For generations, high heels have been a favourite fashion item. While they are frequently linked with femininity and glamour, their history is far more nuanced. High heels have seen numerous alterations over the years, from ancient Egypt to modern runways.
Egyptian butchers wore the first recorded high heels to keep their feet out of the blood that accumulated on the floors. The platform shoes were made of wood and had a high heel that could reach three inches in height. They were also worn by Persian cavalrymen to keep their stirrups in place while riding.
High heels became a sign of power and status among European nobility in the 16th century. They might be up to six inches tall and were worn by both men and women. Women’s high heels were embellished with exquisite needlework and gemstones in the 17th century, continuing the trend.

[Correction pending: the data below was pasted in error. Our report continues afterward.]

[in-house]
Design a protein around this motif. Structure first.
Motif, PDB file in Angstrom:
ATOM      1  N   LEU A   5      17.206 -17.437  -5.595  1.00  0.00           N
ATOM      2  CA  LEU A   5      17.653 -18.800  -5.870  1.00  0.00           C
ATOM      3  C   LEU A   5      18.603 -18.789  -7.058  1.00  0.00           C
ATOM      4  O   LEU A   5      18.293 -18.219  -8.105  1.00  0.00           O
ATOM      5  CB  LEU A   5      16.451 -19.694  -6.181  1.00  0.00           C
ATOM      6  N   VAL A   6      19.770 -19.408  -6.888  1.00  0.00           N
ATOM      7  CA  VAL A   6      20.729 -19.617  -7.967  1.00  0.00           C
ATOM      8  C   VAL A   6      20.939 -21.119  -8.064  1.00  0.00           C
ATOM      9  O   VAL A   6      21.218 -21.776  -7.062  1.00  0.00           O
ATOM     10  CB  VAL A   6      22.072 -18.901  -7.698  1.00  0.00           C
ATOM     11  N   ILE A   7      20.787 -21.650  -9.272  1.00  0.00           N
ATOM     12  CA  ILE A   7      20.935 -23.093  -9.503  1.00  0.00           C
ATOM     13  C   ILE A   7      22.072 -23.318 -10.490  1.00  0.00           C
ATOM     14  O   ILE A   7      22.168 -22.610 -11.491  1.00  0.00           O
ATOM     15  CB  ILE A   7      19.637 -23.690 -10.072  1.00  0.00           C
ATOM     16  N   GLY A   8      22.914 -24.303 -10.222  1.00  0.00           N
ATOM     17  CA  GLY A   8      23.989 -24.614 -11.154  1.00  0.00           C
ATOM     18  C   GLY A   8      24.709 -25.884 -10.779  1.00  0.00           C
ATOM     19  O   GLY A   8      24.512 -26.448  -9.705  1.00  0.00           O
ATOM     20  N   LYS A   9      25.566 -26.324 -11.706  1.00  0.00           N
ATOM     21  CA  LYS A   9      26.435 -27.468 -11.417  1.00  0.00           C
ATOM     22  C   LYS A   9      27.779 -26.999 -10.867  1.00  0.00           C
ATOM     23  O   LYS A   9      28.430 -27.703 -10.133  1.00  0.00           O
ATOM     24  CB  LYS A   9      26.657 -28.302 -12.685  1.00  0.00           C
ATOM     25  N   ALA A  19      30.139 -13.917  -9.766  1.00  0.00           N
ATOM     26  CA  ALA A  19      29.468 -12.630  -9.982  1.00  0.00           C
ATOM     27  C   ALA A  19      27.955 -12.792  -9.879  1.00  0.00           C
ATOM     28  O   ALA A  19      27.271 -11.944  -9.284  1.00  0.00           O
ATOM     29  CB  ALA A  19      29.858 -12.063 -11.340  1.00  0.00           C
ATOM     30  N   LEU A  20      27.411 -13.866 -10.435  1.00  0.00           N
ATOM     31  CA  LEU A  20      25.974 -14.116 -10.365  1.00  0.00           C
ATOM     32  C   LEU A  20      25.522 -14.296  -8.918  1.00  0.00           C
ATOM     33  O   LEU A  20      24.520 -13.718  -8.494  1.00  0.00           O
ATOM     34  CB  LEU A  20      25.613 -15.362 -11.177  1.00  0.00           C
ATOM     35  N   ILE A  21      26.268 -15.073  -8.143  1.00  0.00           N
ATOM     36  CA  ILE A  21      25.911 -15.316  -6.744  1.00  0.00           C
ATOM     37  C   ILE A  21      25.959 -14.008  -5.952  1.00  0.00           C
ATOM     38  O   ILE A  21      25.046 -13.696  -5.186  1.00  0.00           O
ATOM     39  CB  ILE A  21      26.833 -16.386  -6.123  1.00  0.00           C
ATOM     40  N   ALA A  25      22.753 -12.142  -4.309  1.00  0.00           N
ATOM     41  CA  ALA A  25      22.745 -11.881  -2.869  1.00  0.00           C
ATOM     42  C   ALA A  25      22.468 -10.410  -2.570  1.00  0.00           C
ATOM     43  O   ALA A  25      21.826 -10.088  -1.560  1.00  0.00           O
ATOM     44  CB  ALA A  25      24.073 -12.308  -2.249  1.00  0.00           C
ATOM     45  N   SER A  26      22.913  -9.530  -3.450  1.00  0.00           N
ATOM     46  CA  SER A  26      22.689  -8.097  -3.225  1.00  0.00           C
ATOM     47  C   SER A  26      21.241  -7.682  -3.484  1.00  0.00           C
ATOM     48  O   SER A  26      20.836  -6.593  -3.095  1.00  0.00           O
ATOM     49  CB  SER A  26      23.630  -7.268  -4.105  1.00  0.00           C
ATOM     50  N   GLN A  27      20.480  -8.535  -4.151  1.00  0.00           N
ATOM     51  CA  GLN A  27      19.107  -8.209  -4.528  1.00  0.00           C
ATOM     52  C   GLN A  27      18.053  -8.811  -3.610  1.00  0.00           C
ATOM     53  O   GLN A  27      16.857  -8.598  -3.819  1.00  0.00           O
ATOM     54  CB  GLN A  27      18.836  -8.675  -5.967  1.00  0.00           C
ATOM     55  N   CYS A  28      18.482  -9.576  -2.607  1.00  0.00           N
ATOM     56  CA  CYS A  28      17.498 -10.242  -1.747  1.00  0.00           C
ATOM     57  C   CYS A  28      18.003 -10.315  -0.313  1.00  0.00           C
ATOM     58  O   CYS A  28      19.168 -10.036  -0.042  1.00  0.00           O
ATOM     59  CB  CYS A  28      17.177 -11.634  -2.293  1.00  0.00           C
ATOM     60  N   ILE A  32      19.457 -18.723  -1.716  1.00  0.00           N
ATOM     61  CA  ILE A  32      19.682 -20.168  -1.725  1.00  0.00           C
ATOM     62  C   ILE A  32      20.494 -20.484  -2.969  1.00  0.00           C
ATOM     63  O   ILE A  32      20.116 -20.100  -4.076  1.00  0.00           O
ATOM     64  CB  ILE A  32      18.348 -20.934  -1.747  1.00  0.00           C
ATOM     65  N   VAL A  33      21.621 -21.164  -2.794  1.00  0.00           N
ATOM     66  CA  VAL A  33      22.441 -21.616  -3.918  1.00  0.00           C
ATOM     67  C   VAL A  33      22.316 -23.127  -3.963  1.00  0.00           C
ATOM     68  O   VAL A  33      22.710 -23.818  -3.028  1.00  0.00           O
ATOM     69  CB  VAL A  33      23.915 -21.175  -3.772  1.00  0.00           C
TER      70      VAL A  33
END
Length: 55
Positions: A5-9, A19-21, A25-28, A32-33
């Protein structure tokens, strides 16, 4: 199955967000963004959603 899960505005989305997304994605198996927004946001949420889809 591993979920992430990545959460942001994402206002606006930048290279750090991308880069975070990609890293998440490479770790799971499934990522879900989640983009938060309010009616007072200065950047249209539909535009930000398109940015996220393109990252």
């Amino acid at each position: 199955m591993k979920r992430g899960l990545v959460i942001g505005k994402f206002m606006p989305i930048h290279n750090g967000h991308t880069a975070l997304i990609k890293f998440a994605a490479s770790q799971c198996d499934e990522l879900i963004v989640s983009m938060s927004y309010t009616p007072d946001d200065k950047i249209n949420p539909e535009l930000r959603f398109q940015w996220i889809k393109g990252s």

High heels went out of favour during the Enlightenment period due to their associated with debauchery and excess. They did, however, make a resurgence in the nineteenth century, thanks to the development of photography and the rise of the fashion industry. High heels became a fashion mainstay for women, and designers began experimenting with various materials and forms.
The development of the vehicle in the early twentieth century resulted in a shift in high heel design. Women required more practical and comfortable driving shoes, thus the high heel got lower and wider. The famous T-strap and Mary Jane styles, which are still popular today, rose to prominence in the 1920s and 1930s.
High heels grew even more popular in the 1950s, thanks in part to the influence of Hollywood. High heels became a symbol of glamour and sophistication thanks to actresses such as Marilyn Monroe and Audrey Hepburn. The stiletto heel, which debuted in the 1930s, quickly became a popular choice for women’s footwear.